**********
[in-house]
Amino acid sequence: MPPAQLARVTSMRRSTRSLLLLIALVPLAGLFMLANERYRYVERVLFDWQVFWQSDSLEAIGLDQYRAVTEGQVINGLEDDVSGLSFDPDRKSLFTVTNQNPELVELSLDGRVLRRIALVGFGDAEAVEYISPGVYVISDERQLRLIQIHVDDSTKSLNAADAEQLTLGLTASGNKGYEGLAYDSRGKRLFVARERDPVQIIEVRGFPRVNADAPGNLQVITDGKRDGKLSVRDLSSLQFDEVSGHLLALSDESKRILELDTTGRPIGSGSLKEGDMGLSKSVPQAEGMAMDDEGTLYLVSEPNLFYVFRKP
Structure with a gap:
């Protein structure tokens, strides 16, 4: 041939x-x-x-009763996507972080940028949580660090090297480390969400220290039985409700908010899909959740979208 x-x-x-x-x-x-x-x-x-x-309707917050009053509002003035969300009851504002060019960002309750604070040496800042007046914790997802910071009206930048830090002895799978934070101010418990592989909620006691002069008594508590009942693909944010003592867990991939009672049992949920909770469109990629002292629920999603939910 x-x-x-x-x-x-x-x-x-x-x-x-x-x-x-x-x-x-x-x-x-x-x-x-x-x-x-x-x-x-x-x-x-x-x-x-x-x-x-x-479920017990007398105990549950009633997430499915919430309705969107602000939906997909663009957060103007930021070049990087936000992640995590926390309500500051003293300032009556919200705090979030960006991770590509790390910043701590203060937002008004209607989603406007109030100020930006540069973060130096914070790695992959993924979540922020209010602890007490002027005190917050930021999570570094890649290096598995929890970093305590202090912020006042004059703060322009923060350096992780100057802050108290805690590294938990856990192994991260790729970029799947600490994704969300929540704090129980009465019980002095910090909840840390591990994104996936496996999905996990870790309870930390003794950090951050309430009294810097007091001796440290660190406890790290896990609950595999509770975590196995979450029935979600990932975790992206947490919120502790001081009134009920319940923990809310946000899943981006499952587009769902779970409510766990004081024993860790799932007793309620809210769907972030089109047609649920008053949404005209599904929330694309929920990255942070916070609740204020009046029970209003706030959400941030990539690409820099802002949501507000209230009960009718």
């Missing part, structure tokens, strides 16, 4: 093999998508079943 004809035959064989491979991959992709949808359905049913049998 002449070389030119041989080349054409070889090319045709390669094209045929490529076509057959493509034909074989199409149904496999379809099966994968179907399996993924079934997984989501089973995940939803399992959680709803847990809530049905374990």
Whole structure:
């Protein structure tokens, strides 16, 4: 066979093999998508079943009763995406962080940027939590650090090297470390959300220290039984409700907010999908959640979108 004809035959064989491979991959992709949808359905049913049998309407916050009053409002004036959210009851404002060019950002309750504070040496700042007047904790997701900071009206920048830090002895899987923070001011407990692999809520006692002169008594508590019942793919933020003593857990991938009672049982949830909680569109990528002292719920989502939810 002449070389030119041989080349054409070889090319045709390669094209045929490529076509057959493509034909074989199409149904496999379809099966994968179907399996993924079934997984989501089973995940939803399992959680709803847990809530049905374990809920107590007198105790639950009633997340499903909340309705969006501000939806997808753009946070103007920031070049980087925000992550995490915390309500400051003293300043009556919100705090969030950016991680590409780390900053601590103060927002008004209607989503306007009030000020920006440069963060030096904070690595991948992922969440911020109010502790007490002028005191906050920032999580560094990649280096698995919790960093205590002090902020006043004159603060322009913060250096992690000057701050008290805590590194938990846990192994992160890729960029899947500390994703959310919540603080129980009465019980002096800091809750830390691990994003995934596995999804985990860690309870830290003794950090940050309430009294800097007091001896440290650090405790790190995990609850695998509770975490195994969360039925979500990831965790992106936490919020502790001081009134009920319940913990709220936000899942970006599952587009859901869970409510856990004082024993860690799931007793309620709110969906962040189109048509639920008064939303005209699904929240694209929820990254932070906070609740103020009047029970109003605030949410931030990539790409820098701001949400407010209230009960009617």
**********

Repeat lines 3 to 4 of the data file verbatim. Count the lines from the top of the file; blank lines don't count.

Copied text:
Structure with a gap:
């Protein structure tokens, strides 16, 4: 041939x-x-x-009763996507972080940028949580660090090297480390969400220290039985409700908010899909959740979208 x-x-x-x-x-x-x-x-x-x-309707917050009053509002003035969300009851504002060019960002309750604070040496800042007046914790997802910071009206930048830090002895799978934070101010418990592989909620006691002069008594508590009942693909944010003592867990991939009672049992949920909770469109990629002292629920999603939910 x-x-x-x-x-x-x-x-x-x-x-x-x-x-x-x-x-x-x-x-x-x-x-x-x-x-x-x-x-x-x-x-x-x-x-x-x-x-x-x-479920017990007398105990549950009633997430499915919430309705969107602000939906997909663009957060103007930021070049990087936000992640995590926390309500500051003293300032009556919200705090979030960006991770590509790390910043701590203060937002008004209607989603406007109030100020930006540069973060130096914070790695992959993924979540922020209010602890007490002027005190917050930021999570570094890649290096598995929890970093305590202090912020006042004059703060322009923060350096992780100057802050108290805690590294938990856990192994991260790729970029799947600490994704969300929540704090129980009465019980002095910090909840840390591990994104996936496996999905996990870790309870930390003794950090951050309430009294810097007091001796440290660190406890790290896990609950595999509770975590196995979450029935979600990932975790992206947490919120502790001081009134009920319940923990809310946000899943981006499952587009769902779970409510766990004081024993860790799932007793309620809210769907972030089109047609649920008053949404005209599904929330694309929920990255942070916070609740204020009046029970209003706030959400941030990539690409820099802002949501507000209230009960009718």